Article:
Beckles: There’s this guy pantomiming smoking weed and there’s this horrible needle drop grunge music playing. It’s so beautiful because the kids are all trying so hard and they’ve got on these polite rave clothes—because they don’t want to get too rave-y. I would watch that show every week and I just tried to strap myself into the mind of a producer of a show like that. Then I started writing this idea for Totally 4 Teens. Even if a show doesn’t live it out loud all of the time, it’s great to just have those layers in your mind of who’s in control of the show in this universe and how would they do this. So it was a lot about corporate desperation and trying to be cool on television.
Andre: It’s kind of like Kids Incorporated—do you remember that show? It had a little bit of You Can’t Do That on Television, and a little bit of the schmaltzy sentimentality of Degrassi.
Beckles: And that ernest PSA type bull shit. It’s all internally ethically and morally super corrupt. So Eric and I were always talking about it. So we were working on The Eric Andre Show and I had a show called Hot Package , and we were across the hall from each other editing our shows. I remember one day we were just like “What the fuck man, I just want to do Totally 4 Teens again.”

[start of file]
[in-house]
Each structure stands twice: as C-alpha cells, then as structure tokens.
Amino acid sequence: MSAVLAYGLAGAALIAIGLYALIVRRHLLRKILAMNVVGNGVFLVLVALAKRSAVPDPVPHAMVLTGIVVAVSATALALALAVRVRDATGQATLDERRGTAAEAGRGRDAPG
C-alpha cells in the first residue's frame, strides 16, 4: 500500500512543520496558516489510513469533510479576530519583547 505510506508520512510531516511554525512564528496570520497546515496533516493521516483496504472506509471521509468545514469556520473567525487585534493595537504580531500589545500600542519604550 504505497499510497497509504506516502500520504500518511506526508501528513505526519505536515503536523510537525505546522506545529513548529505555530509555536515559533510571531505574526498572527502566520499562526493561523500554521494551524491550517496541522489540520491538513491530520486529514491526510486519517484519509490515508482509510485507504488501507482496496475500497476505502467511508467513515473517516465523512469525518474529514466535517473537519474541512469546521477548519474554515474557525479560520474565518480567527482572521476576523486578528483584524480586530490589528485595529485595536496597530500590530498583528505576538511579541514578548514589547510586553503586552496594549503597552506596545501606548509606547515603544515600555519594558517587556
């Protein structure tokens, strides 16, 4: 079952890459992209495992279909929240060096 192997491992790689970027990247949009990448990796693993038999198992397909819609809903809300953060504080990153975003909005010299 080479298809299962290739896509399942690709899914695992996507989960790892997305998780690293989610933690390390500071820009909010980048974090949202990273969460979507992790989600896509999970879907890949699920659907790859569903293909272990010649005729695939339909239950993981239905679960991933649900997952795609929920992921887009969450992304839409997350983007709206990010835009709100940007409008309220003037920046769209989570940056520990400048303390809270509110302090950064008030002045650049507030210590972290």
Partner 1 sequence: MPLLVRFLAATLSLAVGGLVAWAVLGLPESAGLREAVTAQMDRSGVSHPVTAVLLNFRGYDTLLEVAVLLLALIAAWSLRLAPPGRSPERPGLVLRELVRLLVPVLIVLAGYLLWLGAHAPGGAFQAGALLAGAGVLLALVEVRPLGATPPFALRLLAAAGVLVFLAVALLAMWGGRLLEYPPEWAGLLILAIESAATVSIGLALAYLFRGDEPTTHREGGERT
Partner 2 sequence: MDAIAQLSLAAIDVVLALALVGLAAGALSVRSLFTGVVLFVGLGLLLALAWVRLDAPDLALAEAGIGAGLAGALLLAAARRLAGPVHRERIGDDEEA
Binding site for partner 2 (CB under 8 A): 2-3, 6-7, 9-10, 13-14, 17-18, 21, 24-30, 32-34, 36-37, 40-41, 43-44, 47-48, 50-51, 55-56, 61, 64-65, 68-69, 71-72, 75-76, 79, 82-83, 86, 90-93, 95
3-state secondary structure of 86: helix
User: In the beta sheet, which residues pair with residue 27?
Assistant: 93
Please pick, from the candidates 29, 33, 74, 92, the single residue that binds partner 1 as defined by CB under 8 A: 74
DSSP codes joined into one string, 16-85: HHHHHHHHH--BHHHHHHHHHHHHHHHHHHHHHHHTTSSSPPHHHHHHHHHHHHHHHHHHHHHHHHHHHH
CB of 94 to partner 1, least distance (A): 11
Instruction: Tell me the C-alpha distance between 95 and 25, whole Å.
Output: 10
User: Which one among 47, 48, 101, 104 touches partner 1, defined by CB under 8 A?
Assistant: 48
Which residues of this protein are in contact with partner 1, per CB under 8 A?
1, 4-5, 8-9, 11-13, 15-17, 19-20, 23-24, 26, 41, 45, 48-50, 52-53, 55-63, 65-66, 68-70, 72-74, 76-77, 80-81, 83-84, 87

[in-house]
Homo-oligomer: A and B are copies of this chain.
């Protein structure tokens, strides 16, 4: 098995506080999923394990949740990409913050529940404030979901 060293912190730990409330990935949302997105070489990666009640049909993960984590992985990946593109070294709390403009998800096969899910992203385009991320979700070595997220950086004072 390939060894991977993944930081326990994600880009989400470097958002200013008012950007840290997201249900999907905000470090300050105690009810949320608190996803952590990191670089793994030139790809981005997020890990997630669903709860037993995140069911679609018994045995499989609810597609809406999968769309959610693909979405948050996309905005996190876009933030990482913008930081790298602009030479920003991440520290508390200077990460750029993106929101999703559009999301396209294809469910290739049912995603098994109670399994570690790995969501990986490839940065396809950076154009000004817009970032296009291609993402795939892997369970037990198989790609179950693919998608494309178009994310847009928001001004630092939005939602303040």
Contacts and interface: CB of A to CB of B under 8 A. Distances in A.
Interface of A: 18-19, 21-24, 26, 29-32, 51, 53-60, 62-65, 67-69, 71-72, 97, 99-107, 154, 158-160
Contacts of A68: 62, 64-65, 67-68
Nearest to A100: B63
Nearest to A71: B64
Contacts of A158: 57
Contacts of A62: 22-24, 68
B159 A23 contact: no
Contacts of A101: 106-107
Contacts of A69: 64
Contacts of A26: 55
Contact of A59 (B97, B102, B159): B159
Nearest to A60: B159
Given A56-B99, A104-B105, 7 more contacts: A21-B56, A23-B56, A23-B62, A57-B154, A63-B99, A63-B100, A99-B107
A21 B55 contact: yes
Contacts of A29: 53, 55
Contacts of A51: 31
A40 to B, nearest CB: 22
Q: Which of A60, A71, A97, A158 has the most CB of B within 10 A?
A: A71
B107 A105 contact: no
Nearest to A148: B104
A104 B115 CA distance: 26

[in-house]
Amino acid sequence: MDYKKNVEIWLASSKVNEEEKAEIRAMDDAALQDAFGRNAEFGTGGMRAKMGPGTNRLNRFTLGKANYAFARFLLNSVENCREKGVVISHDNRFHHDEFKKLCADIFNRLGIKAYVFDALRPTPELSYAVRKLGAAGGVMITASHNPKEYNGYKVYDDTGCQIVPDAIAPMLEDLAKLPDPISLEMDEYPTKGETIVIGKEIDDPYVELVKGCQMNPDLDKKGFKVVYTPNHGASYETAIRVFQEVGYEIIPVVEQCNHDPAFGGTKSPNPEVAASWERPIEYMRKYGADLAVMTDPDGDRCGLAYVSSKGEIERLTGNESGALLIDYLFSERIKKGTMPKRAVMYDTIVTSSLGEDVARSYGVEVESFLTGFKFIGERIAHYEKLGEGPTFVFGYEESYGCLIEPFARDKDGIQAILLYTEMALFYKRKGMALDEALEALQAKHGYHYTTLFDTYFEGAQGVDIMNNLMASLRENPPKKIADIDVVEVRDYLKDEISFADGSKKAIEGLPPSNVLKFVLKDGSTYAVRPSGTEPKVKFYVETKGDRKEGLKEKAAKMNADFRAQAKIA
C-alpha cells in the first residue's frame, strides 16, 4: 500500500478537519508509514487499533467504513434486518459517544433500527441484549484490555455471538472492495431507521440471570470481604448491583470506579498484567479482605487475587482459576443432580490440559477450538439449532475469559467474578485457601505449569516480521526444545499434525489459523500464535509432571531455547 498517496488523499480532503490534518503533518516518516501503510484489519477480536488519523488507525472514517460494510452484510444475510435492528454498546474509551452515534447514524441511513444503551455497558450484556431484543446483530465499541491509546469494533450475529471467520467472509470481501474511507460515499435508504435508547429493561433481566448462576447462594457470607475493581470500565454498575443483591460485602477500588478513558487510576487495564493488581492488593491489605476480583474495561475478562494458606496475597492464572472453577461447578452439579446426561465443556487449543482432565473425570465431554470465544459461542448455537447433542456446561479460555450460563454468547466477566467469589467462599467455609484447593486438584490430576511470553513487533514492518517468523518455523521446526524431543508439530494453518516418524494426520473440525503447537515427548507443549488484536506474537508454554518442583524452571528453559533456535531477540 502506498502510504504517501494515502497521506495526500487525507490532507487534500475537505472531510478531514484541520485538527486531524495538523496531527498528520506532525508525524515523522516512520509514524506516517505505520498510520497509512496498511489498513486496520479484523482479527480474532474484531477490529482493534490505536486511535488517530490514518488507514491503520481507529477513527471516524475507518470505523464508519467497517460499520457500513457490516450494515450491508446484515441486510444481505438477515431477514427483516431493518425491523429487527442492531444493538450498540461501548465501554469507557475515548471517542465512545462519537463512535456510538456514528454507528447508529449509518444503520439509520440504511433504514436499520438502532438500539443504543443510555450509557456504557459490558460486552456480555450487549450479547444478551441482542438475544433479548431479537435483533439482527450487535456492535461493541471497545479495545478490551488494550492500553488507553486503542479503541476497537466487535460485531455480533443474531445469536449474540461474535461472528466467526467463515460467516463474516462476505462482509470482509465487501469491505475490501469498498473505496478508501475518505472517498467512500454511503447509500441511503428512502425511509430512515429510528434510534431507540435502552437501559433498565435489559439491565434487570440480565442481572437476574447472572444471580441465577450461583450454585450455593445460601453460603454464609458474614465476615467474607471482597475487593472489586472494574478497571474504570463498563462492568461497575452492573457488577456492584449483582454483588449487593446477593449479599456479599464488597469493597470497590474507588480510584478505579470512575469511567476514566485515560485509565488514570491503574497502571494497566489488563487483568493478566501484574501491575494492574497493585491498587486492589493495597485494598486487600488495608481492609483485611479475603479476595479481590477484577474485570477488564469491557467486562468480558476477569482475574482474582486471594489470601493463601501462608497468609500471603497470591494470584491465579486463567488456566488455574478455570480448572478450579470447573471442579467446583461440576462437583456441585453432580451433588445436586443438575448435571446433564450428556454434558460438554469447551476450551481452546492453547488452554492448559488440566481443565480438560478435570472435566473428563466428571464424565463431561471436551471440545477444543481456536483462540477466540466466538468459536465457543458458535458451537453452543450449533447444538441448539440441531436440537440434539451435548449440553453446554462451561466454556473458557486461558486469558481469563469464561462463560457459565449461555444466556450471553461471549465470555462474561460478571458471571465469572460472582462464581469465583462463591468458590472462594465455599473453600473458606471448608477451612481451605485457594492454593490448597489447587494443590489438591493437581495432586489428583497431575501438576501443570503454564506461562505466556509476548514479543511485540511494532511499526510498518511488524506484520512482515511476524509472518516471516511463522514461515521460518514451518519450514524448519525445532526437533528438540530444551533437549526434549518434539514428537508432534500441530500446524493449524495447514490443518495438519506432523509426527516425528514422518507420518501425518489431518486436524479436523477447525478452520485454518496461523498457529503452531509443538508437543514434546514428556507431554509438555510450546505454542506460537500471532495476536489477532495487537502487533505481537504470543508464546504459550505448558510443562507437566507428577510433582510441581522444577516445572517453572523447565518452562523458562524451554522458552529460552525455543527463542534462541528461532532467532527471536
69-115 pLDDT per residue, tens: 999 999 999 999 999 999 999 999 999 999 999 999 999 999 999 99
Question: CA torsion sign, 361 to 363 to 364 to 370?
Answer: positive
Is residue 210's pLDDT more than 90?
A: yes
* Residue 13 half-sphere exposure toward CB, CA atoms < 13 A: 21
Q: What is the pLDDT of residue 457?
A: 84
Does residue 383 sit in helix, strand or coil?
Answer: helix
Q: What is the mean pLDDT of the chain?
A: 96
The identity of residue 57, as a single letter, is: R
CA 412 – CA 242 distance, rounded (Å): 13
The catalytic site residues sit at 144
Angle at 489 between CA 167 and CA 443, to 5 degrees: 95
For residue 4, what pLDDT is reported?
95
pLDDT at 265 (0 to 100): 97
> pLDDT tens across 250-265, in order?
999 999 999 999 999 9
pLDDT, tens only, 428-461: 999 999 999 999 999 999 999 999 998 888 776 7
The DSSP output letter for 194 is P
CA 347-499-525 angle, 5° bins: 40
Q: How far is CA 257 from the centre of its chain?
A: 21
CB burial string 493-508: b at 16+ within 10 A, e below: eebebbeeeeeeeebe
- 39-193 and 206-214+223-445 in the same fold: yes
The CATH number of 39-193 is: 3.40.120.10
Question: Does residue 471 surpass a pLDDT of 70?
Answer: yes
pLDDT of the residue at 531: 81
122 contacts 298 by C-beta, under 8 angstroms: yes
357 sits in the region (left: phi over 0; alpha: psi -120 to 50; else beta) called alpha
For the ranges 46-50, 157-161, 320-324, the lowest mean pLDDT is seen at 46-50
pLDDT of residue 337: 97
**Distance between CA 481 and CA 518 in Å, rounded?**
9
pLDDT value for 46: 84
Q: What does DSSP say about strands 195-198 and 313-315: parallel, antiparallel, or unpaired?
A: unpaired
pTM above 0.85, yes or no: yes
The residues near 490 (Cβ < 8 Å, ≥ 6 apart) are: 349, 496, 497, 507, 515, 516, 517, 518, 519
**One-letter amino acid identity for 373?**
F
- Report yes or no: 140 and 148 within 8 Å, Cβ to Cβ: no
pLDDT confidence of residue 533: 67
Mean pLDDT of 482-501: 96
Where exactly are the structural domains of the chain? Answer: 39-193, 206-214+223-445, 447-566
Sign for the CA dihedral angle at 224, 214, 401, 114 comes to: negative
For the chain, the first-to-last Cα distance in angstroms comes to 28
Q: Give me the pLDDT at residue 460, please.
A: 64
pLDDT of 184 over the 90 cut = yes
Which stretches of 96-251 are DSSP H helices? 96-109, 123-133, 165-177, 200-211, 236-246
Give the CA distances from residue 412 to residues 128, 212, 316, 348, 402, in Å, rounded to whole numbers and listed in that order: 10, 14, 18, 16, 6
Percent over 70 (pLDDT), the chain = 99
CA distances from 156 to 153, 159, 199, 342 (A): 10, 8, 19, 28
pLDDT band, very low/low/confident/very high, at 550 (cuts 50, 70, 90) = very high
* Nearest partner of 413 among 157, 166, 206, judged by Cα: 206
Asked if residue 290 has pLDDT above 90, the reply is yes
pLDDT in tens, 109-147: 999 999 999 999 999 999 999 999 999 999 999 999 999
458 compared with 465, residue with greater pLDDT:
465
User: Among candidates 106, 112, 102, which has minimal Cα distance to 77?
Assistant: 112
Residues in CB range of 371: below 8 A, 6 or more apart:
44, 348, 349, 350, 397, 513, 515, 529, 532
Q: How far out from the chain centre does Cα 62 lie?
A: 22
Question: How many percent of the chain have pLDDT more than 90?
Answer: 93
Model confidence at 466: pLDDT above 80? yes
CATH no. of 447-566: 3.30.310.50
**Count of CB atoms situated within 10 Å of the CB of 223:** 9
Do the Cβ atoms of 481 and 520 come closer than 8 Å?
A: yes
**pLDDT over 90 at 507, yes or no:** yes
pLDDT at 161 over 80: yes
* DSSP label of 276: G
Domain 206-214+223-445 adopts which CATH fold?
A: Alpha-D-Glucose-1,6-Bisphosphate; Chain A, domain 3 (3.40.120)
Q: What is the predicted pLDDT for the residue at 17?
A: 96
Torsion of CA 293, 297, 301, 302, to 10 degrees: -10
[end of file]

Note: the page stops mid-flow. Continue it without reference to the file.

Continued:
Andre: But Totally 4 Teens kind of had a 90s nostalgic slant to it, and Mike Lazzo from Adult Swim was like, “I’ll pick it up as a series as long as you call it Mostly 4 Millennials and you make it feel current, rather than a 90s throwback.”
Beckles: Millennials are the version of that sort of 90s desperation now. I was going to call it “Only 4 Millennials,” but I thought M4M made more sense, and he was like, “I love it!”
With TV Carnage, you were cataloging the aesthetic of shitty television from the past, but with this show you’re sort of doing that with something contemporary. What was the research process for figuring out what a show aimed at millennials should be like?
Andre: This is what we did—if you go on Apple TV, the first few options are like YouTube and HBO Go and things you’re familiar with. But when you scroll down and you get past six Korean television apps and you go all the way down to Red Bull TV and Crackle and BuzzFeed TV, and you find these outer-stratosphere networks that you didn’t even know were networks. Their content is so piss poor. It's like they gave 14-year-olds cameras and millions of dollars and they’re just like, “Just film what’s in your refrigerator dude! Whatever!”